I am available for readings, workshops, private mentoring, & consultations on manuscripts from 7pp to book-length. My only regret in retirement is missing my students–so poets at all levels welcome! I also love collaborating with visual artists, book-makers & paper-makers.
Every new environment brings a new inquiry, an evolving poetics. As a poet I want each book to embody–in its sounds, its rhythms, its surprises–my living on this earth & the earth living through me. For the last 20 years walking has been central to my practice, as have the various arts of research & collage. Composition of my poems is keenly aural & physical. When I read from my work I feel each poem become embodied again, newly, mingled with the presence & energy of those who listen.
That is my path as a poet. As a teacher, I want you to walk your own walk, hear with your own ears, build your own forms. My job is to help you grow in your own directions. That requires a good foundation & a large toolkit, so part of my work is to expose you to new poetry, new forms to inhabit, new boundaries to cross.
My MFA thesis advisees have published widely and won both regional and national prizes for their first books, including the Yale Younger Poets Series, the Walt Whitman Award from the Academy of American Poets, the Cleveland State University First Book Prize, the Srinivas Rayoprol Poetry Prize (India), and the Washington Writers Publishing House Poetry Prize (twice). Others have received generous financial aid to pursue the PhD in Poetics, Literature, and Creative Writing; founded literary journals and presses; and found careers at institutions as diverse as The Library of Congress and the Environmental Defense Fund.
My BA, BFA, and Honors students have continued into graduate study, professional writing & editing, poetry therapy, and other writer-centric lives. George Mason is a highly diverse university, so one of the pleasures of teaching there was working with immigrant, first-generation, and multi-lingual writers, as well as adult students, military veterans, and LGBT/non-binary writers. I am grateful for the huge variety of poets I had a chance to know, to mentor, and to learn from.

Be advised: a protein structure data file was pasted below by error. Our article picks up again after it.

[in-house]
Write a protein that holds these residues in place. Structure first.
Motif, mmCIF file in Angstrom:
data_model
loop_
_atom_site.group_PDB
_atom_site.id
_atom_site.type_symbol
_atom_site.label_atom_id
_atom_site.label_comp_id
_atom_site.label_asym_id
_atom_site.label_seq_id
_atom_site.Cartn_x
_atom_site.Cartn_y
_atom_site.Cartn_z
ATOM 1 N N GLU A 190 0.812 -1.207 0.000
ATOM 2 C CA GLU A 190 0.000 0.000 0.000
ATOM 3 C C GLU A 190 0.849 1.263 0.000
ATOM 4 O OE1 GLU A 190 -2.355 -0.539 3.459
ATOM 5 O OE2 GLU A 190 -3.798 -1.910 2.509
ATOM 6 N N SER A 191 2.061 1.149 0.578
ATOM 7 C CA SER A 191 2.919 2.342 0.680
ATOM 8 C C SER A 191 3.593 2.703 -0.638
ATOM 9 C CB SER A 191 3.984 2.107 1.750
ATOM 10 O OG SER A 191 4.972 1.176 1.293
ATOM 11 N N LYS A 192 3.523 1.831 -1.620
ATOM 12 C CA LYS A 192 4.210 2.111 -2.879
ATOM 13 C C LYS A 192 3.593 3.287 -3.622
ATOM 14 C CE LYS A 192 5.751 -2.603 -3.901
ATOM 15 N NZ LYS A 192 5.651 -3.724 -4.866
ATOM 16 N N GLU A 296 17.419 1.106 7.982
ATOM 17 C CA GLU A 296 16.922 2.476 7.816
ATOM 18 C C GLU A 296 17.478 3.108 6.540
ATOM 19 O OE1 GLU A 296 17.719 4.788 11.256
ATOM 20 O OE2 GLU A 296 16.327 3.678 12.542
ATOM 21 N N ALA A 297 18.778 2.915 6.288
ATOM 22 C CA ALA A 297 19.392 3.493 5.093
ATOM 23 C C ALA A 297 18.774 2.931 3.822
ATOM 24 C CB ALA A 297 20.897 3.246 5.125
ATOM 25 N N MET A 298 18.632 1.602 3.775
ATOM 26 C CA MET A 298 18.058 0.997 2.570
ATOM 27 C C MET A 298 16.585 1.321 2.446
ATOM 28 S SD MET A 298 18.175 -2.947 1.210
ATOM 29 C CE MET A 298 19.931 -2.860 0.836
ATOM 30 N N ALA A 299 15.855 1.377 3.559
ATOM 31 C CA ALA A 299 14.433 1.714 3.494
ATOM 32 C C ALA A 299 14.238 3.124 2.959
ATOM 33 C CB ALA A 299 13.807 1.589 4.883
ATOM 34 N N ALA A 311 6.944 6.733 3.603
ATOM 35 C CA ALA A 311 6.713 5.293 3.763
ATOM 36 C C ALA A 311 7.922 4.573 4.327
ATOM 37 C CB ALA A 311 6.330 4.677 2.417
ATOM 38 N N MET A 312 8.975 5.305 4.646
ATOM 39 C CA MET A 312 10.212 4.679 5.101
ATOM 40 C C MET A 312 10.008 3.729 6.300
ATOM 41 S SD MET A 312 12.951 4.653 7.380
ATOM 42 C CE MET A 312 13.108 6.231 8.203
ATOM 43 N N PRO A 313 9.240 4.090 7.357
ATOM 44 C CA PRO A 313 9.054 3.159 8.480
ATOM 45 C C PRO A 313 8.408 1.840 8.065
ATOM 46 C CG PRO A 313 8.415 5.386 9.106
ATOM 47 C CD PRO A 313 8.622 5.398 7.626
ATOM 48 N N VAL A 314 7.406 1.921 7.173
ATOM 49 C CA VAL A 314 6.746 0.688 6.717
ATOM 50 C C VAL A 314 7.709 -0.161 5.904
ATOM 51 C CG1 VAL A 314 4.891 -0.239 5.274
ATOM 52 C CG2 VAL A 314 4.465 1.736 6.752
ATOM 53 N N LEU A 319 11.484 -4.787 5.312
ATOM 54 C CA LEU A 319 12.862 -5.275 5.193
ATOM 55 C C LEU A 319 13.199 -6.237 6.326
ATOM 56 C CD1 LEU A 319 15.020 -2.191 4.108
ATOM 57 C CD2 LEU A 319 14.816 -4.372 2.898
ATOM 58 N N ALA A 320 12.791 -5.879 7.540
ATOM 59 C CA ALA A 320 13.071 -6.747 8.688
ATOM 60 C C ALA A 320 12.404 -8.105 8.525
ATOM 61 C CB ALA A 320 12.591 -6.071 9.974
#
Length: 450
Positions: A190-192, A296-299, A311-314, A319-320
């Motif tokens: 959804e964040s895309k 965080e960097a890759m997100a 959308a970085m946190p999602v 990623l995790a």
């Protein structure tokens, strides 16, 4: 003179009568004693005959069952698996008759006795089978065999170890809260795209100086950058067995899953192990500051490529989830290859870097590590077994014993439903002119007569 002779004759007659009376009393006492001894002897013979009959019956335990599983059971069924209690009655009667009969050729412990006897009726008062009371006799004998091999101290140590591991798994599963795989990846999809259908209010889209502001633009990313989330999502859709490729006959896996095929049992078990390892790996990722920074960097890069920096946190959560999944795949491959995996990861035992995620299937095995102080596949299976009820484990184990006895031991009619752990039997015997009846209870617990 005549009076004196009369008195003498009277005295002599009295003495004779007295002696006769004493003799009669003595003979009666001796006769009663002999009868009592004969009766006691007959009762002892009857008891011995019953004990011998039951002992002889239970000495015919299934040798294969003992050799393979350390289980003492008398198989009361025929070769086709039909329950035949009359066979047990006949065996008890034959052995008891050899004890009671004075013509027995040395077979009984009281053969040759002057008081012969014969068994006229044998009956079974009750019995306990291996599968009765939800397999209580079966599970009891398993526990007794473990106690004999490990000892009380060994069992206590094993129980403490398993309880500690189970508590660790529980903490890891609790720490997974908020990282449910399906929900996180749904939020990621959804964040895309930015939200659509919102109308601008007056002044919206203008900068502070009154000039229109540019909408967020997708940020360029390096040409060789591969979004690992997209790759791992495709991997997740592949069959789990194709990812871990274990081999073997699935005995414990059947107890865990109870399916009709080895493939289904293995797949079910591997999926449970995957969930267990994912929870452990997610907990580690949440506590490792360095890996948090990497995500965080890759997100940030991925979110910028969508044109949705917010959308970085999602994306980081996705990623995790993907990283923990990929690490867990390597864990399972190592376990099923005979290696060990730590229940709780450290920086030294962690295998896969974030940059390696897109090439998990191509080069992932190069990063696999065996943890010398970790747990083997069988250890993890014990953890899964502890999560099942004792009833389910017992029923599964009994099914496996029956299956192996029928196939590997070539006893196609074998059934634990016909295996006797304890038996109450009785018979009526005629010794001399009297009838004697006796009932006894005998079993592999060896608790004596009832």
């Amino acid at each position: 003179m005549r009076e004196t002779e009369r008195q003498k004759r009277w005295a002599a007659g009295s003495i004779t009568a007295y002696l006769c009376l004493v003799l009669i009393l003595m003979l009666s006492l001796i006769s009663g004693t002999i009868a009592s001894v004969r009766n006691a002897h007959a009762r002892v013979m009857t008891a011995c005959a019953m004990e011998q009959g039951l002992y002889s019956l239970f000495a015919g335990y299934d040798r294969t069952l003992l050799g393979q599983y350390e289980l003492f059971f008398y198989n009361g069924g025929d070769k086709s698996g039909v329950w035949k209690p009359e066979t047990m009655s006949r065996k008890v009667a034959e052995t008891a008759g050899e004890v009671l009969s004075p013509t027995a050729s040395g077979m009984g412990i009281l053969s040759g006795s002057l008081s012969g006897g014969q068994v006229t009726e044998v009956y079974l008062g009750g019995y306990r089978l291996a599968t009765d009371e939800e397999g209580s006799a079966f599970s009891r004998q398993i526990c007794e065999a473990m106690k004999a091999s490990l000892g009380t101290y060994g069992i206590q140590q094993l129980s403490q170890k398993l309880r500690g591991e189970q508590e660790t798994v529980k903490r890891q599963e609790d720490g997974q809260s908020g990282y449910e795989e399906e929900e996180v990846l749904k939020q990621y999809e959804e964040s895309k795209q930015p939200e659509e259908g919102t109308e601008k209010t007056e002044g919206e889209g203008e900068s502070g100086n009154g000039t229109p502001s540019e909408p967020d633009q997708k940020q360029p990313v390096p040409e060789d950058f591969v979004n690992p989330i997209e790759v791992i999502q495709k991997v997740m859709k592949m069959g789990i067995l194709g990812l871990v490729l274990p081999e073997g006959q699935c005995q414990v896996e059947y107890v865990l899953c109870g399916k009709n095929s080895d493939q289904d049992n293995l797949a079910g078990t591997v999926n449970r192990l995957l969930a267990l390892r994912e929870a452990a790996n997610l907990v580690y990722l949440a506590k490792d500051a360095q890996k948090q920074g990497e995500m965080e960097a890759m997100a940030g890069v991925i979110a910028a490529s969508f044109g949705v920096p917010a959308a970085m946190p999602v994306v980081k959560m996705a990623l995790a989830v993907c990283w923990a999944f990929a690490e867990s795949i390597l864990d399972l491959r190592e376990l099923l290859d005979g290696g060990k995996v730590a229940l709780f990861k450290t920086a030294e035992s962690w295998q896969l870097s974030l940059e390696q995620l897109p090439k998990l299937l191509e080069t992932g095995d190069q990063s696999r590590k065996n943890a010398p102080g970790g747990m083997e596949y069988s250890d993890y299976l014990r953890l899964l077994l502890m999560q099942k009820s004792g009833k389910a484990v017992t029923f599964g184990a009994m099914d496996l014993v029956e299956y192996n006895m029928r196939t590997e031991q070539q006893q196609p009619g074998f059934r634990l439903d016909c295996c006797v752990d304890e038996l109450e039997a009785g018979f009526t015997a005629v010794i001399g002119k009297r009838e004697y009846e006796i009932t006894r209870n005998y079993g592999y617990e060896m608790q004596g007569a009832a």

I also enjoyed the opportunity to collaborate with visual artists and paper-makers, and to co-curate Call & Response, an annual exhibit for which writing students were paired with art students to produce linked or collaborative work. Call & Response flourished in connection with a dozen years of my Book Beasts course, exploring erasure, visual texts, procedural texts, hand-made books, the artist’s book as memoir, and poetry at its intersections with visual arts, land art, and walking art. I also collaborated with a folklore colleague to team-teach courses on the traditional ballads of Scotland, England, & the US.
Before my career at George Mason, I was a freelance writer, taught a few community workshops, and was a Colorado Arts Council Artist-in-Residence for a month in Yuma, Colorado, where (among several projects) I led a workshop for a battered women’s recovery group. Since the publication of Trafficke I have co-taught workshops on writing about race, privilege, and whiteness.
Here’s what I taught & directed at George Mason–
Form of Poetry / Poetry Workshop / Thesis Workshop / Poetic Sequence & Collage / War Poetry / Poetry from & as Research / Moore & Niedecker (& sometimes Loy) / Modernist Women Poets / Identity Poetics / Traditional Ballads (co-taught with Margaret Yocom) / Book Beasts (visual poetry, mesostics, book arts, constrained text, erasure…) / Directed Reading
Intro to Creative Writing / Poetry Writing / Advanced Poetry Workshop / Form of Poetry / American Poetry of 20th Century / Recent American Poetry / Women Writers / Book Beasts
Exhibition & Performance
Call & Response / Material Word / Poetry Theater